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Automation is now seen as essential among marketers to bolster the outreach of campaigns, in part because of its ability to better target customer communications. According to a recent HubSpot survey, email automation campaigns are among the top three tactics used by marketers to improve performance. And in 2017, Salesforce reported that 67% of sales leaders used a marketing automation platform.
To meet the growing demand, performance marketing company What If Media Group today launched out of beta Automated Response Intelligence Algorithm, or ARIA , a product that leverages AI systems and techniques to drive response to sales campaigns. The company says that it analyzes consumer behavior to send relevant offers to people at the right time to improve trust and results, in the medium in which they interact the most.
“We have custom-built our platform to leverage the latest in AI and machine learning to improve the effectiveness of pay-for-performance marketing campaigns and drive the highest levels of return on investment for our blue-chip customers,” Josh Gillon, cofounder and chief executive officer of What If Media Group, said in a statement.
According to Gillon, ARIA, which has been in the works for two years, uses AI methodologies including lookalike modeling, content clustering, modeling, collaborative filtering, and a recommendation engine to encourage consumers to sign up for email newsletters or text messages, submit job or loan applications, drive online or offline sales, and more. Lookalike modeling identifies people who look and act just like a target audience, while content clustering automatically identifies the relationships between groups of related content. As for collaborative filtering, it filters for items that a user might like on the basis of reactions by similar users, helping to highlight items likely to appeal to the user.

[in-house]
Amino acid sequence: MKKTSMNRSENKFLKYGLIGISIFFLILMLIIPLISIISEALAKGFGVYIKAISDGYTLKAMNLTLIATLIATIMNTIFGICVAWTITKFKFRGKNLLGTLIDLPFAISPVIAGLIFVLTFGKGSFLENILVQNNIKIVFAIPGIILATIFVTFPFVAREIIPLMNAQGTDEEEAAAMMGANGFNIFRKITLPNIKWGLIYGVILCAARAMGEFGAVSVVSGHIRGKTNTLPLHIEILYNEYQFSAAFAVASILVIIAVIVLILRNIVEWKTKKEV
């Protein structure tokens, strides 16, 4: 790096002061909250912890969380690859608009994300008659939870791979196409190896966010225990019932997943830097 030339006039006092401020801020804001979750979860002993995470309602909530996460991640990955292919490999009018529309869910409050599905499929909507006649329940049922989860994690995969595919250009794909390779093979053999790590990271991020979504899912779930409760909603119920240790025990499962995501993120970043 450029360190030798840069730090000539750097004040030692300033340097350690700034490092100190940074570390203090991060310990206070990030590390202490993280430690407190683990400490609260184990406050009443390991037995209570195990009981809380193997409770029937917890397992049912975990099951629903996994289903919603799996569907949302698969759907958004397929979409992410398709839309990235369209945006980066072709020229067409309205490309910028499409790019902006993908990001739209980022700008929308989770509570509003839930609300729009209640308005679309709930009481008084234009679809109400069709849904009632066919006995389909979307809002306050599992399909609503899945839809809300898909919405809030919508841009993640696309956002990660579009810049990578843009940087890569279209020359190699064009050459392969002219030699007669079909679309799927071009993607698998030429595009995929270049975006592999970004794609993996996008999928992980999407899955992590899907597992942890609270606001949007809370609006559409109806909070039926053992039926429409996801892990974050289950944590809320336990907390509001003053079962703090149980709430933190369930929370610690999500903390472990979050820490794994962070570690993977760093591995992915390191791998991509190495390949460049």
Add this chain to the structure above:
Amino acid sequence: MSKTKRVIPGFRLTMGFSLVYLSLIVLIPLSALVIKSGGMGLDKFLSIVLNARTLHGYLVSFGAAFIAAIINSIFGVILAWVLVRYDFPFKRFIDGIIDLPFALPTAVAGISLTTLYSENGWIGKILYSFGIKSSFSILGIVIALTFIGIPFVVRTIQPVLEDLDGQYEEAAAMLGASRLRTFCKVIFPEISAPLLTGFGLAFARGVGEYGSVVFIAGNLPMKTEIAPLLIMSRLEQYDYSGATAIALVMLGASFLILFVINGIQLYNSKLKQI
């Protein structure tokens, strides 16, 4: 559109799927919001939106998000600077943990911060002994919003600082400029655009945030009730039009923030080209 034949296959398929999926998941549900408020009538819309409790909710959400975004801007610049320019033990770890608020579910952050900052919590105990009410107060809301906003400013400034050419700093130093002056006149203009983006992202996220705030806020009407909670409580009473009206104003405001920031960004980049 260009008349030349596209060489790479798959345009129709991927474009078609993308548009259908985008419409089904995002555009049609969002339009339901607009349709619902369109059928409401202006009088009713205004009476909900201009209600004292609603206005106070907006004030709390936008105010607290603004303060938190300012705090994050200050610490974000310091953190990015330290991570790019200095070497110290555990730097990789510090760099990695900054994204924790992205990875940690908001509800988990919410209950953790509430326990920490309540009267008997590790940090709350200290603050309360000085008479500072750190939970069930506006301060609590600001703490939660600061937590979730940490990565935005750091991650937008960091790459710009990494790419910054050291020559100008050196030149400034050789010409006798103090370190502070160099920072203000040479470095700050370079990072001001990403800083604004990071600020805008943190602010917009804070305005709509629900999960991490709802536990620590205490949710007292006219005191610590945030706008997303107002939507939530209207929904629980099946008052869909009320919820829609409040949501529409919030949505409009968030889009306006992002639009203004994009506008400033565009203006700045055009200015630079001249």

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“ARIA is a hivemind of models that attempt to predict the right ad to send to the right person at the right time and via the right channel,” Seth Gottlieb, president of What If Media Group, told VentureBeat via email. “To use a sports analogy, you don’t build an NBA team with a homogeneous skill set. Rather, you build a team that complements one another’s skills to maximize the team’s effectiveness and efficiency. We’re doing the same thing with ARIA — each model has a pocket where it wins compared to other models and internal decision-making, and it is up to the data science team and the algorithms to make it happen efficiently.”
In particular, ARIA employs an AI model that enables it to create a universal user profile, generating a rich understanding of consumers across channels. “Combined with our massive repository of first-party data and consumer insights, as well as our owned and operated media channels that extend well beyond the web, [tools like ARIA can further] our mission to become the preeminent platform for marketers seeking to profitably acquire valuable new customers at a massive scale,” Gottlieb continuec.
Forrester predicts that spend for marketing automation tools will grow “vigorously” over the next few years, reaching $25.1 billion annually by 2023 from $11.4 billion in 2017. It’s estimated that 55% of marketing decision-makers plan to increase their spending on marketing technology including AI and machine learning, with one-fifth of the respondents expecting to increase by 10% or more.
Competitors in the market segment abound. There’s Pyze, which raised $4.6 million in July 2019 for its AI-driven analytics and marketing campaign orchestration tool, and Clari, which recently nabbed $60 million to further develop its AI sales pipeline toolset. That’s not to mention TapClicks, which raised $10 million in August 2019; Boomtrain; Albert Technologies; 6Sense; Appier; Highspot; and Panoramic. More recently, SendinBlue raised $160 million for its AI-powered product to automate repetitive marketing tasks.
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